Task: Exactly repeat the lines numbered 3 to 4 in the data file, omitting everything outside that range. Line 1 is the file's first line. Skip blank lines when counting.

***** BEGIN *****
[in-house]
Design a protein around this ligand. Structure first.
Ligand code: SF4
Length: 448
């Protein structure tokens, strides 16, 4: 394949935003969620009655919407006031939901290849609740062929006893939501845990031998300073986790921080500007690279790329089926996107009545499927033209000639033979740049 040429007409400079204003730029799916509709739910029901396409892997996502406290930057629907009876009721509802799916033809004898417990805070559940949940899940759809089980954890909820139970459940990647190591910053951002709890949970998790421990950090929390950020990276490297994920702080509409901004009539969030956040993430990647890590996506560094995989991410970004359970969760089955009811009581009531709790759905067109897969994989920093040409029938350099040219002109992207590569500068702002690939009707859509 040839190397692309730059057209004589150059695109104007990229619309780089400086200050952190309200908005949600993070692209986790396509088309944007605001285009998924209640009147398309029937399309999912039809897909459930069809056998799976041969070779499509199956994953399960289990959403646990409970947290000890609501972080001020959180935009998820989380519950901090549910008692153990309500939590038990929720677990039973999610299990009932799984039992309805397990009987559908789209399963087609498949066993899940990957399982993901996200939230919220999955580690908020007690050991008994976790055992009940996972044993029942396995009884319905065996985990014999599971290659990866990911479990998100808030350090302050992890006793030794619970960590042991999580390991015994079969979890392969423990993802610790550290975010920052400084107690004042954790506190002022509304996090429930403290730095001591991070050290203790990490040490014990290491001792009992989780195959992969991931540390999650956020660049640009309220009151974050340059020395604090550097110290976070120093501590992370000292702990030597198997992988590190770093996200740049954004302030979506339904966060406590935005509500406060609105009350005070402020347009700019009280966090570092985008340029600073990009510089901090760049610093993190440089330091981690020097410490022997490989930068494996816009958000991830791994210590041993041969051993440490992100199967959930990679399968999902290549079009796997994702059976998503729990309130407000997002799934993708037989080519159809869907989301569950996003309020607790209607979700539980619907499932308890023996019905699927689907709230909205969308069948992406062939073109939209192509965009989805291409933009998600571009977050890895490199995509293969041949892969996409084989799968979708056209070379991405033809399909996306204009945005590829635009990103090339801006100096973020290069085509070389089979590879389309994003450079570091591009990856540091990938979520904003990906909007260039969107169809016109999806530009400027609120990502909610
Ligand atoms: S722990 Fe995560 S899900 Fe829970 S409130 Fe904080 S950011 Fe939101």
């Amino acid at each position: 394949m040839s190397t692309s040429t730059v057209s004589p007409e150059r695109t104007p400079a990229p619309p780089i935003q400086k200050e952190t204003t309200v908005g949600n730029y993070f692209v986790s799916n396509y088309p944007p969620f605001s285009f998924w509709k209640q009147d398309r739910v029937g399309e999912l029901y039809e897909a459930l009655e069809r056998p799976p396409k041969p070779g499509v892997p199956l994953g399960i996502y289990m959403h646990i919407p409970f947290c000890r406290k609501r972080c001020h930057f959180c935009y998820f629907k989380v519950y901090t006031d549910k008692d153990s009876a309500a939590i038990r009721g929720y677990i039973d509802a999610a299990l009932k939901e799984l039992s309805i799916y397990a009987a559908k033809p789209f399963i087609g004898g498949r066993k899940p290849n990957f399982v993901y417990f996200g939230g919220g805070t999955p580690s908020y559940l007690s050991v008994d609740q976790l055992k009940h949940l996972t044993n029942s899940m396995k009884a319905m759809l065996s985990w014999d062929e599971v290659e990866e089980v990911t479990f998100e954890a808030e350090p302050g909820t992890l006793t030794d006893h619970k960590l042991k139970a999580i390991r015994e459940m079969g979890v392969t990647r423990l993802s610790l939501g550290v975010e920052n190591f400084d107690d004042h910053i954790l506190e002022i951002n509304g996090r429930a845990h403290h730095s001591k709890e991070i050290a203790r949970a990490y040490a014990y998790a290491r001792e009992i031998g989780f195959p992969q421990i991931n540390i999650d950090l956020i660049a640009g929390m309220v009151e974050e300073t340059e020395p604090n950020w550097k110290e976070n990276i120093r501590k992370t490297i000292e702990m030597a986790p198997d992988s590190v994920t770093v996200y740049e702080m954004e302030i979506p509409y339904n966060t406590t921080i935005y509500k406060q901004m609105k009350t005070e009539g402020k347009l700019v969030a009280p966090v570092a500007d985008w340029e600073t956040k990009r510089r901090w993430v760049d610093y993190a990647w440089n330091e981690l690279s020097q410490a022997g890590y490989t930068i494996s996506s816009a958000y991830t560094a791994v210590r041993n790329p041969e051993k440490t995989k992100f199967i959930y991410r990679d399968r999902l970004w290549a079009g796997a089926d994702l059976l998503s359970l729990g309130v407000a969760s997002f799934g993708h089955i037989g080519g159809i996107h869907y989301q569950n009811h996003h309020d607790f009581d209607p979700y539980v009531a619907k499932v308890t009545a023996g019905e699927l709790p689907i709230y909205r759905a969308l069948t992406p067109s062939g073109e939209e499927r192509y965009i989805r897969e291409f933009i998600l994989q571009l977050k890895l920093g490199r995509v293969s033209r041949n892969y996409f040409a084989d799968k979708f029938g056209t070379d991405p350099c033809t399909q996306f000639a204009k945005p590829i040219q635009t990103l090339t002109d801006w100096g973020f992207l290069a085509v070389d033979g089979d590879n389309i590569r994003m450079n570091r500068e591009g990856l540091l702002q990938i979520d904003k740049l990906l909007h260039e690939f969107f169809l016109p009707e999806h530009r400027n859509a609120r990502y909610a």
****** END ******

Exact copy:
Ligand code: SF4
Length: 448